(The Universal Spiderweb by Armando Torres)
“‘I am’ is a made-up sentence; its interior is hollow, and it feeds on a nucleus of insecurity. Not-doing is an interruption in the flow of the habitual interpretation of the world. As long as you’re not able to overcome the feeling of ‘I am,’ there’s no way of stopping that flow.”
“Then by suppressing the ‘me,’ do you automatically enter into not-doing?”
“In a certain way,” he answered. “‘Doing’ is when you act in accordance with the personal inventory, the summary of everything that someone has put together during their life. It’s like a warehouse that’s revised constantly, discarding the readings that are not practical and accentuating the value of those most used.”
“The fixation on being ‘myself or on my way being better or more important than the others comes precisely from that; it’s the basis of personal importance, and it’s what impels people to need to control others. It is, in fact, the obsessive focus on the ‘me’ that transforms people into petty tyrants. Making the inventory is an order that no one can disobey; however, through the practice of not-doing, it’s possible to maintain a healthy control over the inventory. That, by itself, casts one directly into a magical environment where everything is possible.”
“Not-doing is a technique, a different way of hooking the world. A small shakeup in the value scale of the inventory, and the priorities change. Just by suppressing some detail or throwing a dissonant element in to disrupt common sense, suddenly, not-doing emerges, filling the awareness with an extraordinary range of new perceptions.”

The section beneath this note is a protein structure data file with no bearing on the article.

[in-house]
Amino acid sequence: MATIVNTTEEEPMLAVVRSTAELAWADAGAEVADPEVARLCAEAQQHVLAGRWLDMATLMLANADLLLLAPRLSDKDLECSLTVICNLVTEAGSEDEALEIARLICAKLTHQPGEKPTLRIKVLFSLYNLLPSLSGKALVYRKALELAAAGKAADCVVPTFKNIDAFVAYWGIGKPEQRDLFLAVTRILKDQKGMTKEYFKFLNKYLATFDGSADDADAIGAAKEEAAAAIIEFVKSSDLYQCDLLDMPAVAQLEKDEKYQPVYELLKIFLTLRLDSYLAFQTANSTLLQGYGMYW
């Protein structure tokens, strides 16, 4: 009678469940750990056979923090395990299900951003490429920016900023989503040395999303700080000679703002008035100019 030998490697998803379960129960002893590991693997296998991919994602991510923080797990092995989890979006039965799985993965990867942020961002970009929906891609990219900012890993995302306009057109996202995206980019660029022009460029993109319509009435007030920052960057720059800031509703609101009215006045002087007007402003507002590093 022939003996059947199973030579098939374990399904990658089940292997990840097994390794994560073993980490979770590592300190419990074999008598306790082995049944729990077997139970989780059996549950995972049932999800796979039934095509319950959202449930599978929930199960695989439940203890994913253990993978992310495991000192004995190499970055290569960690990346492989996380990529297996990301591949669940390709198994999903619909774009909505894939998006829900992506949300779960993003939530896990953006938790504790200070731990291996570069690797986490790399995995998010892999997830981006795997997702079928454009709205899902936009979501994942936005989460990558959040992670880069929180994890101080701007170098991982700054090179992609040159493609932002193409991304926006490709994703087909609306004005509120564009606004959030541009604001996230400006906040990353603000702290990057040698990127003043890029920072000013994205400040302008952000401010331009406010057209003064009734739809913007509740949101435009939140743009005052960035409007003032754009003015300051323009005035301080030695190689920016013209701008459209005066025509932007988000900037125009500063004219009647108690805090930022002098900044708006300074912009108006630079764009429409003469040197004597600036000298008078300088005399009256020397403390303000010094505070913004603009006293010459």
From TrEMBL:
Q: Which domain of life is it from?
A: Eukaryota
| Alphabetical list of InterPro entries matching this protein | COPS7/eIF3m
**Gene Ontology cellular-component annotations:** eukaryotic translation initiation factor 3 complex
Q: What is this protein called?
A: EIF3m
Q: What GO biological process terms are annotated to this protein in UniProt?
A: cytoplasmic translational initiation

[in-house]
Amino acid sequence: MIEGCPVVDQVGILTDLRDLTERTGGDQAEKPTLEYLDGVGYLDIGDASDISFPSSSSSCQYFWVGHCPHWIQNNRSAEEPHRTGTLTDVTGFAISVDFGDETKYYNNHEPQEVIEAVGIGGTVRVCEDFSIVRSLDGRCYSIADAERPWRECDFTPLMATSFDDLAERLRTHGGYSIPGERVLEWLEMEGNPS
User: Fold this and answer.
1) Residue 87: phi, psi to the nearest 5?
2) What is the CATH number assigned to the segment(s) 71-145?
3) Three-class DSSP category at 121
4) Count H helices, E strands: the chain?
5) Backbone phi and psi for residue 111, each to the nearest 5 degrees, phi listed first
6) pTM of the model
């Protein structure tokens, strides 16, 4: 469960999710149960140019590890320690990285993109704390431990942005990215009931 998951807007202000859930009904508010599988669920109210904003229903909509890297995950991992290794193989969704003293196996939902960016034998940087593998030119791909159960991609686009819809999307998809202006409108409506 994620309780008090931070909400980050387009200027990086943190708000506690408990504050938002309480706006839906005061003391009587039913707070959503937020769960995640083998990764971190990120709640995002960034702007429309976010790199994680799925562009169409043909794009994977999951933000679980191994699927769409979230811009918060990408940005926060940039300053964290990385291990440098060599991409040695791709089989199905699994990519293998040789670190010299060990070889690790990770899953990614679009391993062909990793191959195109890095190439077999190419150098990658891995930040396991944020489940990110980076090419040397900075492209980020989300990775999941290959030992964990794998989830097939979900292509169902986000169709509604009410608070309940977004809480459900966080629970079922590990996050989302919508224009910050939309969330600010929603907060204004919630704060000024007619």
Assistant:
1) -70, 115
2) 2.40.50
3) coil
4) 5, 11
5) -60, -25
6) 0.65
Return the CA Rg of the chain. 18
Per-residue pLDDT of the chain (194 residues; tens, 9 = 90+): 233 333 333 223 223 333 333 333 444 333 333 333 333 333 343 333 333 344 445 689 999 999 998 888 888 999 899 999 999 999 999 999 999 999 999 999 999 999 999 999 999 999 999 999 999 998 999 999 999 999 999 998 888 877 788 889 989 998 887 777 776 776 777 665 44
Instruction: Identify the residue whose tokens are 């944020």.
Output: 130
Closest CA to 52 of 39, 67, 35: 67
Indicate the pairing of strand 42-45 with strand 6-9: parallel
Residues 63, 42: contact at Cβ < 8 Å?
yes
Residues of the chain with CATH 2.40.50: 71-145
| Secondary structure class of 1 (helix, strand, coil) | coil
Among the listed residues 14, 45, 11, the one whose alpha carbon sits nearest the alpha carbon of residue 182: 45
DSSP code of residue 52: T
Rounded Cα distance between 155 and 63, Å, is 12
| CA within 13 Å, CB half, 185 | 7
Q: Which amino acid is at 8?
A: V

It was during that time that he put to me the challenge to stop using the pronoun ‘I.’ At first, it was difficult to communicate in that way, but over time, I adapted and came to understand that the constant reference to oneself is a vice that ties us to the ego, like a quadruped to its water trough, and everything becomes me, me, me.
“One of the best ways to approach not-doing is by imitating the games of children,” he said with an amused expression, and continued explaining. “To change the perceptive command, you can carry out non-utilitarian activities, for example, walking blindly or walking backwards, going in circles around a tree, concentrating the attention on a pebble or the clouds, stalking your own shadow, and anything else you can think of. But the most important of all is to take care not to transform those into a routine.”
“In what way can not-doing change the perceptive commands?”
“Not-doing is truly a trick that deceives the mind for a moment, allowing it to break free from conventional things by aligning to something entirely new. The body feels it as an energy burst; that’s the reason why people feel dazzled by a magician’s show, despite knowing that the tricks are mere deception.”
“Keeping the perception in line with not-doing depends totally on the warrior’s personal power, on anchoring the perception – or else he’ll fall back into everyday life again. That happens because our world is formed by very delicate principles. If you remove some of its key pieces, the whole scenario comes tumbling down.”
“The warrior tunes his perception; he focuses his attention on certain aspects of being aware so that he becomes an energy tracker; he finds in daily events the points where the energy is manifested in a more evident way. Such points are the signs of intent.”